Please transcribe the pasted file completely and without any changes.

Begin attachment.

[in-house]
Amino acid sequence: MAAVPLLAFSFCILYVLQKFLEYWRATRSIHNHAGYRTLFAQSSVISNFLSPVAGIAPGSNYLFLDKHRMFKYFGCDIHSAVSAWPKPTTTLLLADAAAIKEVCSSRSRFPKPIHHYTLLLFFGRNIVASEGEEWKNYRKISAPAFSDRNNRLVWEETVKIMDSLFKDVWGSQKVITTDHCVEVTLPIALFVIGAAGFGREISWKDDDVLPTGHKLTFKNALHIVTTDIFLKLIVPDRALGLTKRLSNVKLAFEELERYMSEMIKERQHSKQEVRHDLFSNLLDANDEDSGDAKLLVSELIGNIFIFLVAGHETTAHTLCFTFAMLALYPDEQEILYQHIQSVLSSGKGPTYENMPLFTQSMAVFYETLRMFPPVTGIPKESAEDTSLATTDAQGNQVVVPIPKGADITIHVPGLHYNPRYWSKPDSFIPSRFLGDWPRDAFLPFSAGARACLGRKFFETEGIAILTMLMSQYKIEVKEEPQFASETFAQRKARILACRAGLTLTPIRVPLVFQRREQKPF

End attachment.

[in-house]
Amino acid sequence: MAAVPLLAFSFCILYVLQKFLEYWRATRSIHNHAGYRTLFAQSSVISNFLSPVAGIAPGSNYLFLDKHRMFKYFGCDIHSAVSAWPKPTTTLLLADAAAIKEVCSSRSRFPKPIHHYTLLLFFGRNIVASEGEEWKNYRKISAPAFSDRNNRLVWEETVKIMDSLFKDVWGSQKVITTDHCVEVTLPIALFVIGAAGFGREISWKDDDVLPTGHKLTFKNALHIVTTDIFLKLIVPDRALGLTKRLSNVKLAFEELERYMSEMIKERQHSKQEVRHDLFSNLLDANDEDSGDAKLLVSELIGNIFIFLVAGHETTAHTLCFTFAMLALYPDEQEILYQHIQSVLSSGKGPTYENMPLFTQSMAVFYETLRMFPPVTGIPKESAEDTSLATTDAQGNQVVVPIPKGADITIHVPGLHYNPRYWSKPDSFIPSRFLGDWPRDAFLPFSAGARACLGRKFFETEGIAILTMLMSQYKIEVKEEPQFASETFAQRKARILACRAGLTLTPIRVPLVFQRREQKPF